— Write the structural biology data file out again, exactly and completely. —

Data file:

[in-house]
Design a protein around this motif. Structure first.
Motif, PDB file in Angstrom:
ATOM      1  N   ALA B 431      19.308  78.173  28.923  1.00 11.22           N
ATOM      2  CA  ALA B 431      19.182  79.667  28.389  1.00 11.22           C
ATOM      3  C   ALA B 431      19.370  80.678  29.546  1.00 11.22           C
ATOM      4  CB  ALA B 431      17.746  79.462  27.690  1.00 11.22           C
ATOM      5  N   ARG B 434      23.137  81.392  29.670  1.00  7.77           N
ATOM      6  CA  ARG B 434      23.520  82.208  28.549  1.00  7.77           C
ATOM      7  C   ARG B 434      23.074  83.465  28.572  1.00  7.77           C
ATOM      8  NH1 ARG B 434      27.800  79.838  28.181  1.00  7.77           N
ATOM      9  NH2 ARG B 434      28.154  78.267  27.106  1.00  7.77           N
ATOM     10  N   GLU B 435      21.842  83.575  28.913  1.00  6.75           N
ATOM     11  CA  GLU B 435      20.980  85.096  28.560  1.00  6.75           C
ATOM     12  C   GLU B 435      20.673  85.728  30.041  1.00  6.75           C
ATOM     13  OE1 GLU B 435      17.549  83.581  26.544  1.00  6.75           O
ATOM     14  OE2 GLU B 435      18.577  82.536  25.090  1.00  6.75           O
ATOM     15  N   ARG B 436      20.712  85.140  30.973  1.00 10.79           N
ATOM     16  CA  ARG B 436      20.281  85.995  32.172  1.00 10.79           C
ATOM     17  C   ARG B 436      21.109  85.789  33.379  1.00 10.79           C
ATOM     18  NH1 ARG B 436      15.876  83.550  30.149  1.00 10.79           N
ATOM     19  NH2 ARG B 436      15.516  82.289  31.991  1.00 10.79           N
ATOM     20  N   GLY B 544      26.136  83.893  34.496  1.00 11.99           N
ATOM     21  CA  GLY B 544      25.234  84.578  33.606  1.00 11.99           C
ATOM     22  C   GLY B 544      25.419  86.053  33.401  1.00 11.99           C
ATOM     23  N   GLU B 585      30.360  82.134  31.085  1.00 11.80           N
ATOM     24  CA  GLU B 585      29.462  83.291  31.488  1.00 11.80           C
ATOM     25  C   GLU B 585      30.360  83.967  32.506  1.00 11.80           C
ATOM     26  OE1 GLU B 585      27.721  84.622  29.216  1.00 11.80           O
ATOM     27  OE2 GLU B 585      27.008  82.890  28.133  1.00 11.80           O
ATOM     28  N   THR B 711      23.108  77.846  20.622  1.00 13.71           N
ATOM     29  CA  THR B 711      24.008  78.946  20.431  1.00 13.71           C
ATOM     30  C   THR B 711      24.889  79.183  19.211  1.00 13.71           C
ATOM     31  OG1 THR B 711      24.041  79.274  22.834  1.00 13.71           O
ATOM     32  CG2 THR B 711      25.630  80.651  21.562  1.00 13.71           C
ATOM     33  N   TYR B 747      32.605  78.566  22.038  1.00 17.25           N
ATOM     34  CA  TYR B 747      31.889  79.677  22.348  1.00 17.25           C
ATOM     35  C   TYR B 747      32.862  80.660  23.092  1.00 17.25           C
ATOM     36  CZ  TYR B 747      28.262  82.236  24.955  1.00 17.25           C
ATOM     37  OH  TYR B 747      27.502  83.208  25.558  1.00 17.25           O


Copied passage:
[in-house]
Design a protein around this motif. Structure first.
Motif, PDB file in Angstrom:
ATOM      1  N   ALA B 431      19.308  78.173  28.923  1.00 11.22           N
ATOM      2  CA  ALA B 431      19.182  79.667  28.389  1.00 11.22           C
ATOM      3  C   ALA B 431      19.370  80.678  29.546  1.00 11.22           C
ATOM      4  CB  ALA B 431      17.746  79.462  27.690  1.00 11.22           C
ATOM      5  N   ARG B 434      23.137  81.392  29.670  1.00  7.77           N
ATOM      6  CA  ARG B 434      23.520  82.208  28.549  1.00  7.77           C
ATOM      7  C   ARG B 434      23.074  83.465  28.572  1.00  7.77           C
ATOM      8  NH1 ARG B 434      27.800  79.838  28.181  1.00  7.77           N
ATOM      9  NH2 ARG B 434      28.154  78.267  27.106  1.00  7.77           N
ATOM     10  N   GLU B 435      21.842  83.575  28.913  1.00  6.75           N
ATOM     11  CA  GLU B 435      20.980  85.096  28.560  1.00  6.75           C
ATOM     12  C   GLU B 435      20.673  85.728  30.041  1.00  6.75           C
ATOM     13  OE1 GLU B 435      17.549  83.581  26.544  1.00  6.75           O
ATOM     14  OE2 GLU B 435      18.577  82.536  25.090  1.00  6.75           O
ATOM     15  N   ARG B 436      20.712  85.140  30.973  1.00 10.79           N
ATOM     16  CA  ARG B 436      20.281  85.995  32.172  1.00 10.79           C
ATOM     17  C   ARG B 436      21.109  85.789  33.379  1.00 10.79           C
ATOM     18  NH1 ARG B 436      15.876  83.550  30.149  1.00 10.79           N
ATOM     19  NH2 ARG B 436      15.516  82.289  31.991  1.00 10.79           N
ATOM     20  N   GLY B 544      26.136  83.893  34.496  1.00 11.99           N
ATOM     21  CA  GLY B 544      25.234  84.578  33.606  1.00 11.99           C
ATOM     22  C   GLY B 544      25.419  86.053  33.401  1.00 11.99           C
ATOM     23  N   GLU B 585      30.360  82.134  31.085  1.00 11.80           N
ATOM     24  CA  GLU B 585      29.462  83.291  31.488  1.00 11.80           C
ATOM     25  C   GLU B 585      30.360  83.967  32.506  1.00 11.80           C
ATOM     26  OE1 GLU B 585      27.721  84.622  29.216  1.00 11.80           O
ATOM     27  OE2 GLU B 585      27.008  82.890  28.133  1.00 11.80           O
ATOM     28  N   THR B 711      23.108  77.846  20.622  1.00 13.71           N
ATOM     29  CA  THR B 711      24.008  78.946  20.431  1.00 13.71           C
ATOM     30  C   THR B 711      24.889  79.183  19.211  1.00 13.71           C
ATOM     31  OG1 THR B 711      24.041  79.274  22.834  1.00 13.71           O
ATOM     32  CG2 THR B 711      25.630  80.651  21.562  1.00 13.71           C
ATOM     33  N   TYR B 747      32.605  78.566  22.038  1.00 17.25           N
ATOM     34  CA  TYR B 747      31.889  79.677  22.348  1.00 17.25           C
ATOM     35  C   TYR B 747      32.862  80.660  23.092  1.00 17.25           C
ATOM     36  CZ  TYR B 747      28.262  82.236  24.955  1.00 17.25           C
ATOM     37  OH  TYR B 747      27.502  83.208  25.558  1.00 17.25           O